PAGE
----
From August 17th to the 20th, FUNDAECO and the Creative Action Institute implemented a Creative Advocacy Practicum for the conservation of the Selva Maya urban park in Petén, Guatemala.
The Creative Advocacy Practicums (CAPs) are inclusive and participatory projects that strengthen connections between people and the environment. Based on the experiences and knowledge of the communities involved and the creative use of the arts, we promoted the understanding of current environmental challenges, the identification of sustainable solutions, and the generation of personal and group commitments.
In this CAP, members of the “Women and Girls, Healthy and Empowered” program at FUNDAECO and local forest rangers strengthened their advocacy skills to conserve the Selva Maya park. By implementing activities of the CAI courses, such as collective soundscape, mask of purpose, images on the wall, and theater exercises and dynamics, we analyzed the causes of the environmental crisis and new ways to protect the Selva Maya park.
The dialogue generated from the activities allowed the Selva Maya park to be declared a natural reserve by the Municipality in 2019. The declaration prevented mining exploitation in this area of great biological diversity. However, the pandemic stopped the administrative process and, to date, there is no legal support for the municipal agreement. Hence the importance of continuing with actions in favor of conserving the park and preventing the extraction of minerals in the area.
The group realized that by conserving the Selva Maya park, possibilities to promote environmental education and carry out ecotourism activities arose. This will generate employment for the local population, a possibility that would contribute to the well-being of the community and the conservation of the environment.
When we visited the park, one of its three caves welcomed us. The bats showed us the ecotourism potential of the place. We continued walking while trees, shrubs, herbs and fungi greeted us.
The shadow of a tree invited us to stop to talk about the value of nature and to remember that the park is home to many insects, mammals, reptiles and birds. In Selva Maya, there is a lot of biodiversity to discover.
The high point of the park welcomed us with another of its attractions, a view of the horizon. Here, we talked about the ecotourism potential of the park and discussed plans to start a ranger school, build toilets and resting places, improve the trails, and create an inventory of the park’s biodiversity. The visit to the park made it easy to choose the central messages of the project, to identify the key elements of the work, and to define the theatrical public intervention and the parade as means of expression.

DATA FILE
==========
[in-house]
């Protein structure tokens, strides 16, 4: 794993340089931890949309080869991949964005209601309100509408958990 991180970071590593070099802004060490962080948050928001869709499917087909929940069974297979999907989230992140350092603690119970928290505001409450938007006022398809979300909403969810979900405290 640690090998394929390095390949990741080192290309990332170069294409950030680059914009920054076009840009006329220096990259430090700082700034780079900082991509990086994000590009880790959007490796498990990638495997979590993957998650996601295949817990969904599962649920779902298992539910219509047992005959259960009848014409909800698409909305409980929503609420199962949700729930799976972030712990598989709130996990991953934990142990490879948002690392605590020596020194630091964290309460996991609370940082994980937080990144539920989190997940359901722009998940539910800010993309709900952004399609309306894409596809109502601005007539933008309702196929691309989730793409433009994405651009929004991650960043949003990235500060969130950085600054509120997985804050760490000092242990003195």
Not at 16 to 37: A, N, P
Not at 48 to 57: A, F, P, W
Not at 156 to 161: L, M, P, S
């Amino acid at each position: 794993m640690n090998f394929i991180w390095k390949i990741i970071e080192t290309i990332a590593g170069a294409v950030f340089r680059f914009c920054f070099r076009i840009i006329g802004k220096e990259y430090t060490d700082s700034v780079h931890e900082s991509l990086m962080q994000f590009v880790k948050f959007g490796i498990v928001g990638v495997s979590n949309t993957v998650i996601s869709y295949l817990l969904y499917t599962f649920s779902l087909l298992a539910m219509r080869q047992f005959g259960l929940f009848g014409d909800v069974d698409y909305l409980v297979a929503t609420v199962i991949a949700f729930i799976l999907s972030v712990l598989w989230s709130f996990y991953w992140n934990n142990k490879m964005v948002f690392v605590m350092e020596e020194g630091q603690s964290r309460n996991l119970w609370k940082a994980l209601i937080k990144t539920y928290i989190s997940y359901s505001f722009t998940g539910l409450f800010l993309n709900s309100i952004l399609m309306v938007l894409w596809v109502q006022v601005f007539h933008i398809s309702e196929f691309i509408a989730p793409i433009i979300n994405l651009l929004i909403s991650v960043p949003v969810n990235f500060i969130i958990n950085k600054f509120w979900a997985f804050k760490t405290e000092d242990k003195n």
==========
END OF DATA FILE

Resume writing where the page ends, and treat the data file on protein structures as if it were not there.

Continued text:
In the final work of art, we included branches, stones, leaves and seeds from the park. We selected butterflies, bees, hummingbirds and bats as central characters in the work because of their central role in the process of pollination and pest control. We appreciated the interest of the participants who made stickers and panted their faces for the parade. The group shared tasks and valued being a part of a collaborative project created from dialogue, reflection, and commitment. Local participants shared they would like to replicate the activities that they learned, and that art and local resources can be a tool for environmental activism.
The group ensured they reflected the dialogues generated during the activities in their final works of art. Once they finished the artwork for the parade, roles were assigned to each participant and the structure of the skit was collectively built. We agreed that the presentation would highlight the cycles and interconnections of nature, symbolically represented in the transition of day and night, the movements of pollinators and their interactions with other beings.
A central part of the CAPs is to share the reflections and proposals generated during the workshop with the communities involved. We organized a day of public visibility to promote the importance of preserving the Selva Maya urban park. The group presented the skit in the central park of Flores Island and shared their reflections with the attendees, who reaffirmed the importance of advocacy for environmental conservation. The activity continued with a parade in the major streets of Flores, Petén. Finally, we moved to Colonia Primavera to continue with the parade, distribute informative stickers, paint faces, and spread the importance of conserving the Selva Maya park.
The tour allowed us to interact with local people, share information about the Selva Maya urban park, point out the ecological importance of nature reserves and forests and deliver stickers created by the group that highlighted the role of pollinators in the health of ecosystems and people. After four days of working together, a motivated and strengthened local team had new skills and knowledge of how to advocate for the conservation of the park.